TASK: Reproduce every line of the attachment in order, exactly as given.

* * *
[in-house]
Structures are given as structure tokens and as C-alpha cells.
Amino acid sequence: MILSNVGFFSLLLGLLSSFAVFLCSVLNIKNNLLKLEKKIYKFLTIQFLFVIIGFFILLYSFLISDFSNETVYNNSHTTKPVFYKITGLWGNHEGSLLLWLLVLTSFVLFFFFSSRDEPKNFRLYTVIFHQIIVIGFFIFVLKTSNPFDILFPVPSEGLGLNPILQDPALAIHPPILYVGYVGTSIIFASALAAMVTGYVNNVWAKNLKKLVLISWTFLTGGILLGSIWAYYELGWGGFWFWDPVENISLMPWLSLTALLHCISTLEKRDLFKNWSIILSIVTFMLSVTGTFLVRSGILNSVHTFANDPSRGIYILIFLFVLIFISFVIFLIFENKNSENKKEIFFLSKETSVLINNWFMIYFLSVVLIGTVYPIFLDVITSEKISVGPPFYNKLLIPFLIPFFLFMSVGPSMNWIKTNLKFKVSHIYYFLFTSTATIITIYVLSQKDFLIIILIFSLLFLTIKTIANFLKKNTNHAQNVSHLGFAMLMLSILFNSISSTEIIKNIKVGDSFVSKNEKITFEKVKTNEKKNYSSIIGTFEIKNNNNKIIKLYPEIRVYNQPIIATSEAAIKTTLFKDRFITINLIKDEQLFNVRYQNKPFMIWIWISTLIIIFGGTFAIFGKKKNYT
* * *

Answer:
[in-house]
Structures are given as structure tokens and as C-alpha cells.
Amino acid sequence: MILSNVGFFSLLLGLLSSFAVFLCSVLNIKNNLLKLEKKIYKFLTIQFLFVIIGFFILLYSFLISDFSNETVYNNSHTTKPVFYKITGLWGNHEGSLLLWLLVLTSFVLFFFFSSRDEPKNFRLYTVIFHQIIVIGFFIFVLKTSNPFDILFPVPSEGLGLNPILQDPALAIHPPILYVGYVGTSIIFASALAAMVTGYVNNVWAKNLKKLVLISWTFLTGGILLGSIWAYYELGWGGFWFWDPVENISLMPWLSLTALLHCISTLEKRDLFKNWSIILSIVTFMLSVTGTFLVRSGILNSVHTFANDPSRGIYILIFLFVLIFISFVIFLIFENKNSENKKEIFFLSKETSVLINNWFMIYFLSVVLIGTVYPIFLDVITSEKISVGPPFYNKLLIPFLIPFFLFMSVGPSMNWIKTNLKFKVSHIYYFLFTSTATIITIYVLSQKDFLIIILIFSLLFLTIKTIANFLKKNTNHAQNVSHLGFAMLMLSILFNSISSTEIIKNIKVGDSFVSKNEKITFEKVKTNEKKNYSSIIGTFEIKNNNNKIIKLYPEIRVYNQPIIATSEAAIKTTLFKDRFITINLIKDEQLFNVRYQNKPFMIWIWISTLIIIFGGTFAIFGKKKNYT